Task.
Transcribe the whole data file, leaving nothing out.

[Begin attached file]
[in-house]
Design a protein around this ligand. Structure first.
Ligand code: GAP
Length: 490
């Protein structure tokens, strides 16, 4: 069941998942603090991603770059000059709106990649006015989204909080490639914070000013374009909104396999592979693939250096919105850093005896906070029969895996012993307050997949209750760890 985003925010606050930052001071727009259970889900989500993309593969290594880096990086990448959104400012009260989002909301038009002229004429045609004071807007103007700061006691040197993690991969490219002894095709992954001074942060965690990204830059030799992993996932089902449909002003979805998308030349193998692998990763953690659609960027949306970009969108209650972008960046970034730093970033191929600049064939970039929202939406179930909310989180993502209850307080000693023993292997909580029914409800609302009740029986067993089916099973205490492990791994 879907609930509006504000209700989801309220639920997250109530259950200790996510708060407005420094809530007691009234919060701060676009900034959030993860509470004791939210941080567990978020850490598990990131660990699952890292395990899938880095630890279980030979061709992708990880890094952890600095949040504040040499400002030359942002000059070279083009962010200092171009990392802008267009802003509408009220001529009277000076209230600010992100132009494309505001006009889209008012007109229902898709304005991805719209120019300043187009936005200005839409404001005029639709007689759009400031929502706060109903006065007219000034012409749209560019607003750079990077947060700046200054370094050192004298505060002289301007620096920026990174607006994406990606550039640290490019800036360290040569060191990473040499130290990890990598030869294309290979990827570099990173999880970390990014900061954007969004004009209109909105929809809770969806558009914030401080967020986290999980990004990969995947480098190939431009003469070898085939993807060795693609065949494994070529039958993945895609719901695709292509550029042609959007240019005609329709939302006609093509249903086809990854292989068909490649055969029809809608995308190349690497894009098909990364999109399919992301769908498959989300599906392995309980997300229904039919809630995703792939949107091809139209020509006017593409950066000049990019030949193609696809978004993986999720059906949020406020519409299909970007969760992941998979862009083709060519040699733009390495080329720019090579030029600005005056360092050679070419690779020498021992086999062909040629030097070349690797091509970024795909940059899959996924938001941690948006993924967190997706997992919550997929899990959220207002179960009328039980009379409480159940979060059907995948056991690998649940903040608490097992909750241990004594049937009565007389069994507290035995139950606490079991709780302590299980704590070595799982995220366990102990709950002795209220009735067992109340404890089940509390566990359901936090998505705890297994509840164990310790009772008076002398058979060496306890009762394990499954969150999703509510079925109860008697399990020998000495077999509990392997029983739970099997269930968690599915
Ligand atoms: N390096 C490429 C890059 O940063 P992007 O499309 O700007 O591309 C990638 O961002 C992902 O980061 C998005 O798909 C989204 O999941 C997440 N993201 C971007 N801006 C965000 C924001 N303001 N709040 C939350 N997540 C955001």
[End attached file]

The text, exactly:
[in-house]
Design a protein around this ligand. Structure first.
Ligand code: GAP
Length: 490
């Protein structure tokens, strides 16, 4: 069941998942603090991603770059000059709106990649006015989204909080490639914070000013374009909104396999592979693939250096919105850093005896906070029969895996012993307050997949209750760890 985003925010606050930052001071727009259970889900989500993309593969290594880096990086990448959104400012009260989002909301038009002229004429045609004071807007103007700061006691040197993690991969490219002894095709992954001074942060965690990204830059030799992993996932089902449909002003979805998308030349193998692998990763953690659609960027949306970009969108209650972008960046970034730093970033191929600049064939970039929202939406179930909310989180993502209850307080000693023993292997909580029914409800609302009740029986067993089916099973205490492990791994 879907609930509006504000209700989801309220639920997250109530259950200790996510708060407005420094809530007691009234919060701060676009900034959030993860509470004791939210941080567990978020850490598990990131660990699952890292395990899938880095630890279980030979061709992708990880890094952890600095949040504040040499400002030359942002000059070279083009962010200092171009990392802008267009802003509408009220001529009277000076209230600010992100132009494309505001006009889209008012007109229902898709304005991805719209120019300043187009936005200005839409404001005029639709007689759009400031929502706060109903006065007219000034012409749209560019607003750079990077947060700046200054370094050192004298505060002289301007620096920026990174607006994406990606550039640290490019800036360290040569060191990473040499130290990890990598030869294309290979990827570099990173999880970390990014900061954007969004004009209109909105929809809770969806558009914030401080967020986290999980990004990969995947480098190939431009003469070898085939993807060795693609065949494994070529039958993945895609719901695709292509550029042609959007240019005609329709939302006609093509249903086809990854292989068909490649055969029809809608995308190349690497894009098909990364999109399919992301769908498959989300599906392995309980997300229904039919809630995703792939949107091809139209020509006017593409950066000049990019030949193609696809978004993986999720059906949020406020519409299909970007969760992941998979862009083709060519040699733009390495080329720019090579030029600005005056360092050679070419690779020498021992086999062909040629030097070349690797091509970024795909940059899959996924938001941690948006993924967190997706997992919550997929899990959220207002179960009328039980009379409480159940979060059907995948056991690998649940903040608490097992909750241990004594049937009565007389069994507290035995139950606490079991709780302590299980704590070595799982995220366990102990709950002795209220009735067992109340404890089940509390566990359901936090998505705890297994509840164990310790009772008076002398058979060496306890009762394990499954969150999703509510079925109860008697399990020998000495077999509990392997029983739970099997269930968690599915
Ligand atoms: N390096 C490429 C890059 O940063 P992007 O499309 O700007 O591309 C990638 O961002 C992902 O980061 C998005 O798909 C989204 O999941 C997440 N993201 C971007 N801006 C965000 C924001 N303001 N709040 C939350 N997540 C955001």